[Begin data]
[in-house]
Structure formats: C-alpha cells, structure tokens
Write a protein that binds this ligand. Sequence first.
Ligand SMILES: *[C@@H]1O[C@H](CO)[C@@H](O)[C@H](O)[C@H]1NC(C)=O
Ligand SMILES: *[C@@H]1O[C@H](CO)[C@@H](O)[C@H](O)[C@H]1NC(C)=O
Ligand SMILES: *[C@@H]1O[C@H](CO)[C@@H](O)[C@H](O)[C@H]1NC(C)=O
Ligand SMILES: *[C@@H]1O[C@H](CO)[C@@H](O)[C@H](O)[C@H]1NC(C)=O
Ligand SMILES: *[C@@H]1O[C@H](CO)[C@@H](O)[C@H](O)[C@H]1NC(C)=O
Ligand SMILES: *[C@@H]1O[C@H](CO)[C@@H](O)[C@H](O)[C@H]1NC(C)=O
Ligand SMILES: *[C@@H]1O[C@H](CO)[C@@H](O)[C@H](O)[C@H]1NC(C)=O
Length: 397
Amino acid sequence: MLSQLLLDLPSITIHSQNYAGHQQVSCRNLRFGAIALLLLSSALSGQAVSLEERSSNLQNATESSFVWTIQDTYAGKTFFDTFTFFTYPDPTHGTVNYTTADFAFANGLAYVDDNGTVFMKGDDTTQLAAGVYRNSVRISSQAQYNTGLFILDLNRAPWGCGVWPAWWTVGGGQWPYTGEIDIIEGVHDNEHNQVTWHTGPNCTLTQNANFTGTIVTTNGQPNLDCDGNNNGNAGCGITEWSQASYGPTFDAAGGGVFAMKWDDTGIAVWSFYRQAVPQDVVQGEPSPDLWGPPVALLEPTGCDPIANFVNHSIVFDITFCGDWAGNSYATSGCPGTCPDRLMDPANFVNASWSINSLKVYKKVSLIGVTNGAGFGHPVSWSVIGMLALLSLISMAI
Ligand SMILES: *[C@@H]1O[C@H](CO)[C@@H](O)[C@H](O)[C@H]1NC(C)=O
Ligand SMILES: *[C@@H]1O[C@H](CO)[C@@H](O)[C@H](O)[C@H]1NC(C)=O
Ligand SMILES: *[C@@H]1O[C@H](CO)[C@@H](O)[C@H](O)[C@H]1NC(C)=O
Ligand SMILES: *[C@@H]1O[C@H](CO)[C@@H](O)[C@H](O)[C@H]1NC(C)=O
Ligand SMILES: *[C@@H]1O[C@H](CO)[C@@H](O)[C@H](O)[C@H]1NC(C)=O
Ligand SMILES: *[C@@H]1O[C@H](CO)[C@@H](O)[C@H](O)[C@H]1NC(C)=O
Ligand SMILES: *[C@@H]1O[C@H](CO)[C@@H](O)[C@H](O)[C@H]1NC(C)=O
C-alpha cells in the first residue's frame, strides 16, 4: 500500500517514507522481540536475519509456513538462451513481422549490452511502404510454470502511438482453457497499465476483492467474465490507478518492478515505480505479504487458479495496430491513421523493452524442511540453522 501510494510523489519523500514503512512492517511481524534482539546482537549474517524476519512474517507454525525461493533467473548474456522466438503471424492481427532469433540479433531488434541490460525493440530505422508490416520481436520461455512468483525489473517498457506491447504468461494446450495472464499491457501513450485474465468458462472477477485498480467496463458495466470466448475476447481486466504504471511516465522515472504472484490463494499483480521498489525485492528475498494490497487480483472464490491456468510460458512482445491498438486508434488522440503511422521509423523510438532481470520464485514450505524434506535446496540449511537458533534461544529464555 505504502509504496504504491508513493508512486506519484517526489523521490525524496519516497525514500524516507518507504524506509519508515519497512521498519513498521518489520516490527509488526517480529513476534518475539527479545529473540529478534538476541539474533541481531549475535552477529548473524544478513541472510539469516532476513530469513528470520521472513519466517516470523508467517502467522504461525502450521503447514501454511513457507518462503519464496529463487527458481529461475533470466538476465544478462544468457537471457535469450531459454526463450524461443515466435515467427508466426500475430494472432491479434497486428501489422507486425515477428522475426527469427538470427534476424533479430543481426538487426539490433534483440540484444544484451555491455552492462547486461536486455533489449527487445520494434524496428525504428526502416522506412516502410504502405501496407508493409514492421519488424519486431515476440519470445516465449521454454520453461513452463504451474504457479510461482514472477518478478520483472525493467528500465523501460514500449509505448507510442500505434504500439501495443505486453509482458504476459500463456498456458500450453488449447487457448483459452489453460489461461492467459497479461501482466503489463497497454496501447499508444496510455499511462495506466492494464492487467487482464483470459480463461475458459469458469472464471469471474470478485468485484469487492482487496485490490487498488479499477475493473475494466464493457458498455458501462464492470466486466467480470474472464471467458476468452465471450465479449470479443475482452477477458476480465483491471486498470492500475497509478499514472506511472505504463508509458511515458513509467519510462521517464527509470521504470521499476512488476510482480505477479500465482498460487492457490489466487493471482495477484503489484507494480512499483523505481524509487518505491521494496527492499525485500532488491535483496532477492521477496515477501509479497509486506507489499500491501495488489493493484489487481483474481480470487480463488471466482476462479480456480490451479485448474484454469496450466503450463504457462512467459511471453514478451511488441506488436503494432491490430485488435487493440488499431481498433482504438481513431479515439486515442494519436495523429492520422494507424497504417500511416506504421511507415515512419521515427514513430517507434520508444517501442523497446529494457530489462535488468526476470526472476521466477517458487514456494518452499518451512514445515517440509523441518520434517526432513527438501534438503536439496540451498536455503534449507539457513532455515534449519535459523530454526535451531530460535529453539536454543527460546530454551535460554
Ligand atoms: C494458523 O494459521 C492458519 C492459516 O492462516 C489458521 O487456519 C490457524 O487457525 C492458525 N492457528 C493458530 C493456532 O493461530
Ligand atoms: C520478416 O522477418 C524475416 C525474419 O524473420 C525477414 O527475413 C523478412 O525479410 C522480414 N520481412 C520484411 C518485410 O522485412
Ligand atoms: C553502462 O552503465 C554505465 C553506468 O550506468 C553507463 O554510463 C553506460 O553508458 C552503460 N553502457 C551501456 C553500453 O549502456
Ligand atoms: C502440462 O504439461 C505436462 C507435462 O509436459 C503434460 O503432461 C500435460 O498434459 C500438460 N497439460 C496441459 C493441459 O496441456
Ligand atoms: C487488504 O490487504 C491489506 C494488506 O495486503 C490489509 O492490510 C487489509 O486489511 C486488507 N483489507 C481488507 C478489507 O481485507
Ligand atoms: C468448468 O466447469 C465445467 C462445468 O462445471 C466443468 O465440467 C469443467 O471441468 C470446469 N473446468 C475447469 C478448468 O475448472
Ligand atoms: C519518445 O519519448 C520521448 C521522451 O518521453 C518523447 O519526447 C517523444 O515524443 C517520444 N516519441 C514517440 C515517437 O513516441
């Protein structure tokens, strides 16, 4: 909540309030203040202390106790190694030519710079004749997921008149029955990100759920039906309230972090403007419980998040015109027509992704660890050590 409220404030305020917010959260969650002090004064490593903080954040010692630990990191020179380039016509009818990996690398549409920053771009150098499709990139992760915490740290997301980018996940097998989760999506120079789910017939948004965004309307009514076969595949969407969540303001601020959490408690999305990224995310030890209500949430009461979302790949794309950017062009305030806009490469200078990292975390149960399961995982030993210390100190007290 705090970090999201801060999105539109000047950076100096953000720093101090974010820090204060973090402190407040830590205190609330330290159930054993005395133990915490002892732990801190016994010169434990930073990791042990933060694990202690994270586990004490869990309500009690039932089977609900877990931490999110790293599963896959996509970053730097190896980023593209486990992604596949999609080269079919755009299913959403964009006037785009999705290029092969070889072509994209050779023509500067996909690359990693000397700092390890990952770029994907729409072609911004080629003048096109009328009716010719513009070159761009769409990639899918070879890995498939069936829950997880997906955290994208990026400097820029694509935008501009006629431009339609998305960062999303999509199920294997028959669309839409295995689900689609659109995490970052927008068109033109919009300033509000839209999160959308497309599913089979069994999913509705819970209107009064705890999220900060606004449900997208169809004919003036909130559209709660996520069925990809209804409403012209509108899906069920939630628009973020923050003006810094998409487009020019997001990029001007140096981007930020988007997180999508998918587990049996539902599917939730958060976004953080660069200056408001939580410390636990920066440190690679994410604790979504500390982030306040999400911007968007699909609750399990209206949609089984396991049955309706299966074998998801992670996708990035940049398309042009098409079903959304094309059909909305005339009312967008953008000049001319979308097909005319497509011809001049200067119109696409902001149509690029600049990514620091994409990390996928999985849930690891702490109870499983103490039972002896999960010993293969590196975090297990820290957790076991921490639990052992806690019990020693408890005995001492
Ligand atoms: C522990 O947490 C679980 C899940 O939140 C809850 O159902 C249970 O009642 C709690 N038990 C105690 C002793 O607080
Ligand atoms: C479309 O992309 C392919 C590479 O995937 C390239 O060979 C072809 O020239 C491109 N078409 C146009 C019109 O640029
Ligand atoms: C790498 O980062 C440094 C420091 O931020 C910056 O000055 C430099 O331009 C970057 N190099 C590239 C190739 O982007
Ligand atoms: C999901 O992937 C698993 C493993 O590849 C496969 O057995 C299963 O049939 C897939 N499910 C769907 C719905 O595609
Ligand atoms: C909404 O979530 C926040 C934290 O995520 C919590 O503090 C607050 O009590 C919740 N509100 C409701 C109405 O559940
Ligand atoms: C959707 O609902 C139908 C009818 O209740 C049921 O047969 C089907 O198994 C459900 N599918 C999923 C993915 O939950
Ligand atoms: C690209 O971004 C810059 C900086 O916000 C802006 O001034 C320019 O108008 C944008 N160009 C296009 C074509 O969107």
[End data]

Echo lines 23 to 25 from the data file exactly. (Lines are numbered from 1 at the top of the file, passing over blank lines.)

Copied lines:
Ligand atoms: C553502462 O552503465 C554505465 C553506468 O550506468 C553507463 O554510463 C553506460 O553508458 C552503460 N553502457 C551501456 C553500453 O549502456
Ligand atoms: C502440462 O504439461 C505436462 C507435462 O509436459 C503434460 O503432461 C500435460 O498434459 C500438460 N497439460 C496441459 C493441459 O496441456
Ligand atoms: C487488504 O490487504 C491489506 C494488506 O495486503 C490489509 O492490510 C487489509 O486489511 C486488507 N483489507 C481488507 C478489507 O481485507